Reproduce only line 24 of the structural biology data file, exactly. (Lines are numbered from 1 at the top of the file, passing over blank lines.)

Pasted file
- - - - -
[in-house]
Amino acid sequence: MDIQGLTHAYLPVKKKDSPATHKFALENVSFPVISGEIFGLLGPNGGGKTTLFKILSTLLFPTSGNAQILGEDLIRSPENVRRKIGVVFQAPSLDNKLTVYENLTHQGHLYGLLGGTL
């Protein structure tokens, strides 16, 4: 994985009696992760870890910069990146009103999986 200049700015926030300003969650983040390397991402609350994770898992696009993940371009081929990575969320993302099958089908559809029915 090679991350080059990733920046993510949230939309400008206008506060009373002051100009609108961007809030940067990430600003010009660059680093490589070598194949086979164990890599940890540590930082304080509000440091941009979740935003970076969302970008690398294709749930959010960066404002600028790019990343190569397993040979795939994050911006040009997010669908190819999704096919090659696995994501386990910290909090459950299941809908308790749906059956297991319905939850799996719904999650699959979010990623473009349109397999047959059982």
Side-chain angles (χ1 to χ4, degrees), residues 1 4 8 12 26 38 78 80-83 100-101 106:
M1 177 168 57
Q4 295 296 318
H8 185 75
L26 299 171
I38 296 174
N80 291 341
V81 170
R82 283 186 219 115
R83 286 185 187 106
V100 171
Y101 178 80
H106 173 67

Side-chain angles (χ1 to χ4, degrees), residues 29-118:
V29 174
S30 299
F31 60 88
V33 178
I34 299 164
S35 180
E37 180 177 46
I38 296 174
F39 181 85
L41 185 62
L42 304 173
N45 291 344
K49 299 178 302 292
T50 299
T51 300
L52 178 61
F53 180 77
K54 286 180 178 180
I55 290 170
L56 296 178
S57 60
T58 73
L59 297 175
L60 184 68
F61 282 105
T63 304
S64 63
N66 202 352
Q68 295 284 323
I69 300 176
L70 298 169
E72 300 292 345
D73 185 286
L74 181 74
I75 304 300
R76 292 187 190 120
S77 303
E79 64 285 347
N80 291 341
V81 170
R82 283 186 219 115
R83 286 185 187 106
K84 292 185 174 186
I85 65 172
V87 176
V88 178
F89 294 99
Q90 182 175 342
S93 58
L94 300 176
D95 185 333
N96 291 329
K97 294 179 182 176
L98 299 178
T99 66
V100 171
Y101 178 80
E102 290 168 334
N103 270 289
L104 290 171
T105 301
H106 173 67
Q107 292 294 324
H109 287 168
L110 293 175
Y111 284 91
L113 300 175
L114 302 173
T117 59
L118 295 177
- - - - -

E37 180 177 46